free money

The Origin of the Bobby Bonilla Story

This morning, the Daily News “reported” that the Mets, thanks to an apparent cash shortage in 1999, will be paying Bobby Bonilla $1,193,248.20 every July 1 until he is in his 70s. They attributed it to a “CNN report.” We were very bewildered, particularly when we saw the CNN “report”: a syndication of a Mental Floss article by a man named Ethan Trex.

Basically, last week, for Mental Floss, Trex went back through sports history and found the most ridiculous contract riders. No. 1 on this list was Bonilla. Back in 1999, the Mets waived Bonilla, but rather than pay him the $5.9 million they owed him, they deferred the payment, at 8 percent interest, until 2011. That comes out to nearly $30 million that will be paid until 2035. As Mets Police pointed out — a couple of months ago, we add — in 2035, David Wright will be 53 years old and likely throwing out the first pitch, or maybe taking Keith Hernandez’s place in the booth.

This is a real thing that has been known for a while, which is why it seemed so strange that the Daily News — whose Mets coverage has always been solid, even when its (now-ex) reporters are not actually asking Omar Minaya for a job — would just now notice that “CNN” “reported” it.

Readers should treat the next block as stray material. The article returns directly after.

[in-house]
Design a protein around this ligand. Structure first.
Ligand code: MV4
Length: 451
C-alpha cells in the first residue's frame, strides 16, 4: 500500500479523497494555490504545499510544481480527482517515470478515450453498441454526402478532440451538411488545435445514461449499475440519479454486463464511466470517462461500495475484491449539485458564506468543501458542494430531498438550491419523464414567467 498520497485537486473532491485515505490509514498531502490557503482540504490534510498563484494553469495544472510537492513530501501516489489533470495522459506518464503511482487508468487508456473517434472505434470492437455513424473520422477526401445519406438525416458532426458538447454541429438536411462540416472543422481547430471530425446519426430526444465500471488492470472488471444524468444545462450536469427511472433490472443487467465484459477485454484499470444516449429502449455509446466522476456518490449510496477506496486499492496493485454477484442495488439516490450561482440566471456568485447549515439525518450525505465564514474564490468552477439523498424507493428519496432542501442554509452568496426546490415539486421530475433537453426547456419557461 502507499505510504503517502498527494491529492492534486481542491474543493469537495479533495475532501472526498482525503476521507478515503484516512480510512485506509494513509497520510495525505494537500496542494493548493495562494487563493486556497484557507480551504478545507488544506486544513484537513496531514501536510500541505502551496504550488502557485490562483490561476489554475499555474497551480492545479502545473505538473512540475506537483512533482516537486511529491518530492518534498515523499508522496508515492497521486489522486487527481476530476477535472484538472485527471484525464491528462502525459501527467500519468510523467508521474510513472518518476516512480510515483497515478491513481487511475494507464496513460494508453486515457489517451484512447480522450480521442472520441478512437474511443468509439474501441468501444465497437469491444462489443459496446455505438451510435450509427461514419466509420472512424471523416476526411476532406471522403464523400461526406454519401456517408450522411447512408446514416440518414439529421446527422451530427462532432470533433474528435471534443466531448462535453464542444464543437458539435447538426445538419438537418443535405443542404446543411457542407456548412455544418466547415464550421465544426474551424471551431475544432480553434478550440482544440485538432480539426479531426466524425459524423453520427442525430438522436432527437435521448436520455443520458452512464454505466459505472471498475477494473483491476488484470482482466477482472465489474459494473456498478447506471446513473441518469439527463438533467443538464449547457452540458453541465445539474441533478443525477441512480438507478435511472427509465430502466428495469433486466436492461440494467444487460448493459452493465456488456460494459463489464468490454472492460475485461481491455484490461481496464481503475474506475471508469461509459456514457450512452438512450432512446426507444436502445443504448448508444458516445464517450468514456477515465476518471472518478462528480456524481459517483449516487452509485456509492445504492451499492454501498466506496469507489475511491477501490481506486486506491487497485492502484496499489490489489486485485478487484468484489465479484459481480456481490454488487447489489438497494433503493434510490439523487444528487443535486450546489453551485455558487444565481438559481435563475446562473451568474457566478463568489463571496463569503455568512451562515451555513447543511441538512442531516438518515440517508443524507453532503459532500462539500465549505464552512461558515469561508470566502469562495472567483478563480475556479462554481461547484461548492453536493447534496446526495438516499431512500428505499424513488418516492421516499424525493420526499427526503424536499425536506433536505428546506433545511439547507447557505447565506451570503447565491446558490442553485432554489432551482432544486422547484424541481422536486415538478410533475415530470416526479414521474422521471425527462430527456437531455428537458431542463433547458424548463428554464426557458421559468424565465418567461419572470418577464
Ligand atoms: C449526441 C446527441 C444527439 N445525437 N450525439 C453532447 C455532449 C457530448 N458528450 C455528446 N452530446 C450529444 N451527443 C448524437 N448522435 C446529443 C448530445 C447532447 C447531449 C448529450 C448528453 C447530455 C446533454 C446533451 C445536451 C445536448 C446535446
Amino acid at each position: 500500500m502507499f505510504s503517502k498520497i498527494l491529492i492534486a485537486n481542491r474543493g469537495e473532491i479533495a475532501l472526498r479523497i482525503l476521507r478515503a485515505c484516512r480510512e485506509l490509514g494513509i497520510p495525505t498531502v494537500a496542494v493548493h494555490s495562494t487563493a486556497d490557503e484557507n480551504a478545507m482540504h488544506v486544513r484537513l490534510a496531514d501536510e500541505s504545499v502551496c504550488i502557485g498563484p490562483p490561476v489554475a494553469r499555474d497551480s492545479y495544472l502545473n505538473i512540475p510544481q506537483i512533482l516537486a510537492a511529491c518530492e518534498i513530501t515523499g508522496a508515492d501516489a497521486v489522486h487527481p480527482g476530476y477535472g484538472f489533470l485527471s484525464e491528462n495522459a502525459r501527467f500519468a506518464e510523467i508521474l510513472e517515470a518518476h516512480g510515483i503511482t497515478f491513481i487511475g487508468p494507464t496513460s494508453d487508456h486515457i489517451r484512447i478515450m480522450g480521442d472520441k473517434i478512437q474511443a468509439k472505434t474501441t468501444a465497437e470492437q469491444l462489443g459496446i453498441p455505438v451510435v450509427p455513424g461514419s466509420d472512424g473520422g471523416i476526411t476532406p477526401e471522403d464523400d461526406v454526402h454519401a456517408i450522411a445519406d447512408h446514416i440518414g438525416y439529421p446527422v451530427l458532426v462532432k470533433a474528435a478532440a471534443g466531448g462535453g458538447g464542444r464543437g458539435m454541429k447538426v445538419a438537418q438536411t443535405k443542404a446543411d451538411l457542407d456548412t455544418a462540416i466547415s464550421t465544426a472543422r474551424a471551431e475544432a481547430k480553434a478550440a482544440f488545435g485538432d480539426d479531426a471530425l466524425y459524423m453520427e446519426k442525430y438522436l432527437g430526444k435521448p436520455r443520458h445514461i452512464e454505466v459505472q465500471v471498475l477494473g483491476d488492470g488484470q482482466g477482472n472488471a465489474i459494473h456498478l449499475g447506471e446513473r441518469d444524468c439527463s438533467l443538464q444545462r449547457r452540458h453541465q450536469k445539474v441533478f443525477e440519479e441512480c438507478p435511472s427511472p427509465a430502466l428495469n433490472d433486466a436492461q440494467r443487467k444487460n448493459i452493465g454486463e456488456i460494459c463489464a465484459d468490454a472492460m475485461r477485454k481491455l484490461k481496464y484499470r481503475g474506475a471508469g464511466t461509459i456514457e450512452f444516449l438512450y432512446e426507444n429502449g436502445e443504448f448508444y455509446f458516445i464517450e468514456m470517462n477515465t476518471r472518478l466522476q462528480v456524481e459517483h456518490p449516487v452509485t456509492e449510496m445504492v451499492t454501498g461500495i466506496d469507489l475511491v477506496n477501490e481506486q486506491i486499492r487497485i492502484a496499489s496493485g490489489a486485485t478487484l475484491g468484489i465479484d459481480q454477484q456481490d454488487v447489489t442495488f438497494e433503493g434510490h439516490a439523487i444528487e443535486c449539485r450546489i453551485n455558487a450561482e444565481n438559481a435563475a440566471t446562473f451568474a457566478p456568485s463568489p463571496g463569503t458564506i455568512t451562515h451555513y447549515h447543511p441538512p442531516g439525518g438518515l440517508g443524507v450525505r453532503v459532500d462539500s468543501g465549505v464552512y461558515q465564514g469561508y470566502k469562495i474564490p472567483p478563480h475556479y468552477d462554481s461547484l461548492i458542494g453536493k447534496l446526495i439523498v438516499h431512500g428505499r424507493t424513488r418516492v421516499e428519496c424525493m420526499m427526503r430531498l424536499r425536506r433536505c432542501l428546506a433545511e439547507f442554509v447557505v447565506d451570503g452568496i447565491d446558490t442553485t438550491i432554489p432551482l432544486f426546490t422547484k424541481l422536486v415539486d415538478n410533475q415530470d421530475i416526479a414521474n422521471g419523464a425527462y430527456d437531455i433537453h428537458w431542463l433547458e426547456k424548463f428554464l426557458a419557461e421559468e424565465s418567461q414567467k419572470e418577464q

We know Trex — not personally, but through his excellent blog Straight Cash, Homey, which tracks ridiculous jerseys fans sometimes wear to games; we personally love this one — so we called him. He was driving through Illinois; he had actually just passed through our hometown. He was a bit bewildered to learn he was a CNN “reporter.”

“It was something that Rob Neyer (from ESPN) had written about eight or nine years ago,” Trex said. “It wasn’t something that nobody knew about. CNN syndicates Mental Floss content on their Living page sometimes, and I guess they picked up that one.”

So if you were wondering what sources pass muster with the Daily News, know that Rob Neyer, Mental Floss, and every independent Mets blog don’t pass. But CNN does. Google News is a handy thing.

None of this changes the real tragedy: The Mets will be paying Bobby Bonilla, when he is 73, more than they are currently paying Mike Pelfrey.

The Origin of the Bobby Bonilla Story